Thursday December 02, 2021

Geo News Report Card: Taliban unwilling to be part of democratic set-up, says Safi

July 13, 2021
Geo News Report Card: Taliban unwilling to be part of democratic set-up, says Safi

LAHORE: Ruling out democracy in Afghanistan, senior journalist and anchorperson Saleem Safi said Monday the Pak military leadership, the ISI and our special envoy for Afghanistan did their best to convince Taliban to be part of a democratic system over the past year.

Speaking in Geo News programme Report Card, Safi wondered that if Taliban could not be convinced then despite our state’s best efforts, how would they listen to us now when they were emerging victor. He said that over the past year, our military leadership, the ISI, our special envoy held dozens of meetings with Taliban, involving religious scholars as well as employing pressure, but Taliban were unmoved, Safi added.

When asked why he was pessimistic about possibility of democracy in Afghanistan, Safi said the statements our ministers were making made no sense for they know little about the ground situation of that country. It was easy to praise and tell tales about Taliban system while sitting Islamabad Club or Lahore Gymkhana

Safi maintained: “We have seen the rule of Taliban, know them in and out… Whatever will be will be, but a policy shift in three or four days would gag these ministers.”

When programme host, Alina Shaikh, asked Safi did these minister mean Taliban were reformed now, Safi said the “software” of many ministers and defence analysts would be updated according to new circumstances, and the new policy shift in Pakistan would open their eyes.

He said: “Taliban are not duplicitous like us. They would choose for Pakistan the same system as they would for themselves.”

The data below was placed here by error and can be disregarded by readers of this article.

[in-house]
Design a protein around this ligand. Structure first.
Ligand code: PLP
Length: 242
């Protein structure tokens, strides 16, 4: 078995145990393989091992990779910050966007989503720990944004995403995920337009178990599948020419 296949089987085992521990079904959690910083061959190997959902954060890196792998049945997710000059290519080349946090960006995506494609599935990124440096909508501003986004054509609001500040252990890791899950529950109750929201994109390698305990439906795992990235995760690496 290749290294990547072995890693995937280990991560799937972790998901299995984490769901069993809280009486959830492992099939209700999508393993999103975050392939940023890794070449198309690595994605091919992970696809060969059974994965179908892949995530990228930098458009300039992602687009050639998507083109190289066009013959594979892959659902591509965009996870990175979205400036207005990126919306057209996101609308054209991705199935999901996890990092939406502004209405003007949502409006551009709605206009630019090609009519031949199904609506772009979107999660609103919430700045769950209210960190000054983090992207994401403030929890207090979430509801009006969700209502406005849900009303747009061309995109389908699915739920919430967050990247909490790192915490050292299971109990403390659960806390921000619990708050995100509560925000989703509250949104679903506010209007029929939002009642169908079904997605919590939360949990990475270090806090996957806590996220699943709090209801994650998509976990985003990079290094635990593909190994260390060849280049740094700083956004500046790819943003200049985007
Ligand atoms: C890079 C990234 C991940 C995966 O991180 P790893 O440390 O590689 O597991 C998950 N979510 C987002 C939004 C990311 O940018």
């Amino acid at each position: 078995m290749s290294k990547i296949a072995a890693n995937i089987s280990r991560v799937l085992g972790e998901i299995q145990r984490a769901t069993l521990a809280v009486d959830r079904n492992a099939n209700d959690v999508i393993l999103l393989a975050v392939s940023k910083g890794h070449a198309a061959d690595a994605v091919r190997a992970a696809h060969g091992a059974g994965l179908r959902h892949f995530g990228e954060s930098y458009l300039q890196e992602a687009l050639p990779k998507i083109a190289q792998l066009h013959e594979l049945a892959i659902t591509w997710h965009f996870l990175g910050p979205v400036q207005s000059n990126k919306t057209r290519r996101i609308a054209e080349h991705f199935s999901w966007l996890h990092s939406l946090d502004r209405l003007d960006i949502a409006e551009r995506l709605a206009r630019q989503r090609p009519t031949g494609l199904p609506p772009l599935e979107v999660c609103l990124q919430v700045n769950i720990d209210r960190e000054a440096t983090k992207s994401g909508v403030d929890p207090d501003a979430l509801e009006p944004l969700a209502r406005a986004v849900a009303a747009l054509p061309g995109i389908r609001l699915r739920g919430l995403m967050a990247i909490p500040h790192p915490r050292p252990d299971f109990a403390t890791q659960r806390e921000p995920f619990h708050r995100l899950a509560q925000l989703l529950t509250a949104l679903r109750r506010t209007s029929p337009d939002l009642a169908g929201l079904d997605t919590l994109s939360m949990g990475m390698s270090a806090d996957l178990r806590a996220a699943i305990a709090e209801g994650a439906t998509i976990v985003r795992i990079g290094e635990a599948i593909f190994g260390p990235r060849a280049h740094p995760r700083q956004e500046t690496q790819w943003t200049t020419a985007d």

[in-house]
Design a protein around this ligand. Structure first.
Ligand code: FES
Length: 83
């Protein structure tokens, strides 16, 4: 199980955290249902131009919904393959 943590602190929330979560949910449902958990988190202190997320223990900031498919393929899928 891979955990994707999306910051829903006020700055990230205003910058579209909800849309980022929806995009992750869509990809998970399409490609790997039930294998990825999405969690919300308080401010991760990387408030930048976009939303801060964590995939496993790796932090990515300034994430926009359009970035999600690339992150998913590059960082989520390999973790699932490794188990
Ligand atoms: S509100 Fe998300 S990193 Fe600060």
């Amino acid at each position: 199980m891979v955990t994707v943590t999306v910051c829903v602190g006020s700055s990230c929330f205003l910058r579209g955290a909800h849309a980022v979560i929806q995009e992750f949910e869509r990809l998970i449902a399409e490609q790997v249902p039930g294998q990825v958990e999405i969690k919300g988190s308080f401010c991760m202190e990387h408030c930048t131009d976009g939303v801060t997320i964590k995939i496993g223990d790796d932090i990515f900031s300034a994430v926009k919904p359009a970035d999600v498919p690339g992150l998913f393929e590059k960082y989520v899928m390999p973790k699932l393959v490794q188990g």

Explaining the ground situation, Safi revealed that a couple of days back, a former Taliban commander kidnapped five people, and beheaded one of them, and so (that shows) what is going to happen.

Secondly, Safi added, the Afghan government representatives and Taliban were had been negotiating in Qatar for a year. He said Taliban demanded restoration of their emirate as it was. Safi said talks could not move ahead as Taliban offered the Afghan government a share in their emirate, while the Afghan government asked them to be part of their constitutional government.

When the Taliban emerge as victors, how would they accommodate others (in their setup), Safi added.

Citing his interview the Taliban spokesman, Safi said democracy has no place in the system of Taliban, given their clarity in definition of Islamic emirates and all what we have heard and seen. One may fool oneself, but there would either Taliba’s system or democracy, Safi added.

About the possible policy shift, Safi said the change had already taken place to a greater extent. Contrary to the past narrative — Taliban and TTP are unlinked — the parliamentarians were told in the other day’s briefing that both are the same. “Now if Taliban gain supremacy there, won’t they gain ground here?” Safi added.

Safi said: “Indeed, the Taliban might have changed socially in certain contexts. They arrested me in 1999 for carrying a video camera. Today, video cameras are a big instrument of their propaganda. This is social evolution, not change in perspective. Everyone has to change with TV and mobile phones. But Taliban’s political thought is the same as it was. They want Islamic emirates restored. There is no mutation in their concept about apostasy, Jihad, Qital and borders.”

While analysts Hasan Nisar and Reema Omer endorsed Safi’s views, Hafeezullah Niazi was optimistic about the possibility of Taliban being realistic from a geo-political perspective.

Hasan Nisar said when democracy could not flourish in Pakistan, how could it in Afghanistan.

Reema said Taliban (system) did not fit the criterion set by the Afghan constitution — rule through vote. There was nothing democratic in what the Taliban were doing in Afghanistan, she added. Niazi said the Taliban had secured their ground through a bloody war, and they know how to go about running their system given their past experience.

He said, citing a Taliban spokesman, they would not go beyond Quran and Sunnah. “I think our understanding is flawed,” Niazi added.